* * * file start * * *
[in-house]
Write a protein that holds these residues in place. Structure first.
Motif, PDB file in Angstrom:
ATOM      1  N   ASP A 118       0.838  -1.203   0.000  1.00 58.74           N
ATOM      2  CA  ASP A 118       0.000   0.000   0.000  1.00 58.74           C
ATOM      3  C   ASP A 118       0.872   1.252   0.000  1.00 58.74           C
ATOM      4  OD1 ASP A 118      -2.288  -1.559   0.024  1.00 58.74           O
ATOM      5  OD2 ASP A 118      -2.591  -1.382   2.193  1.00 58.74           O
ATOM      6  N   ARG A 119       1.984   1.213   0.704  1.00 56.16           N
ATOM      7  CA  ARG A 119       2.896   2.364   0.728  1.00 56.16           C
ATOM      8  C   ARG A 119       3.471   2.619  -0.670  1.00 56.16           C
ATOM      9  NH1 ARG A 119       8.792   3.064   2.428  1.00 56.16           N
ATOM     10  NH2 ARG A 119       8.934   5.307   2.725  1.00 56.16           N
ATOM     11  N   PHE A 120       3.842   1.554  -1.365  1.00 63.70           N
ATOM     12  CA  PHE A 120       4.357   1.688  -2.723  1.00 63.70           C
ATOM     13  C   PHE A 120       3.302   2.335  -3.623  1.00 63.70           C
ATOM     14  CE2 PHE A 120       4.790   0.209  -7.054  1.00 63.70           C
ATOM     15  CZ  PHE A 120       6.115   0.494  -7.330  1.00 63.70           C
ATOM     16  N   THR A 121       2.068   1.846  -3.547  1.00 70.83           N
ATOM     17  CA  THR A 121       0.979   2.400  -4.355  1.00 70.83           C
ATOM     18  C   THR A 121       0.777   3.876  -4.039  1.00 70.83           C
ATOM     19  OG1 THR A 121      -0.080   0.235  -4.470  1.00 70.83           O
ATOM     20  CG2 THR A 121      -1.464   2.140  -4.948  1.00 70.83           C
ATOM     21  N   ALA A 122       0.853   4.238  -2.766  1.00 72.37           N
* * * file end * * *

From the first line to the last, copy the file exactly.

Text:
[in-house]
Write a protein that holds these residues in place. Structure first.
Motif, PDB file in Angstrom:
ATOM      1  N   ASP A 118       0.838  -1.203   0.000  1.00 58.74           N
ATOM      2  CA  ASP A 118       0.000   0.000   0.000  1.00 58.74           C
ATOM      3  C   ASP A 118       0.872   1.252   0.000  1.00 58.74           C
ATOM      4  OD1 ASP A 118      -2.288  -1.559   0.024  1.00 58.74           O
ATOM      5  OD2 ASP A 118      -2.591  -1.382   2.193  1.00 58.74           O
ATOM      6  N   ARG A 119       1.984   1.213   0.704  1.00 56.16           N
ATOM      7  CA  ARG A 119       2.896   2.364   0.728  1.00 56.16           C
ATOM      8  C   ARG A 119       3.471   2.619  -0.670  1.00 56.16           C
ATOM      9  NH1 ARG A 119       8.792   3.064   2.428  1.00 56.16           N
ATOM     10  NH2 ARG A 119       8.934   5.307   2.725  1.00 56.16           N
ATOM     11  N   PHE A 120       3.842   1.554  -1.365  1.00 63.70           N
ATOM     12  CA  PHE A 120       4.357   1.688  -2.723  1.00 63.70           C
ATOM     13  C   PHE A 120       3.302   2.335  -3.623  1.00 63.70           C
ATOM     14  CE2 PHE A 120       4.790   0.209  -7.054  1.00 63.70           C
ATOM     15  CZ  PHE A 120       6.115   0.494  -7.330  1.00 63.70           C
ATOM     16  N   THR A 121       2.068   1.846  -3.547  1.00 70.83           N
ATOM     17  CA  THR A 121       0.979   2.400  -4.355  1.00 70.83           C
ATOM     18  C   THR A 121       0.777   3.876  -4.039  1.00 70.83           C
ATOM     19  OG1 THR A 121      -0.080   0.235  -4.470  1.00 70.83           O
ATOM     20  CG2 THR A 121      -1.464   2.140  -4.948  1.00 70.83           C
ATOM     21  N   ALA A 122       0.853   4.238  -2.766  1.00 72.37           N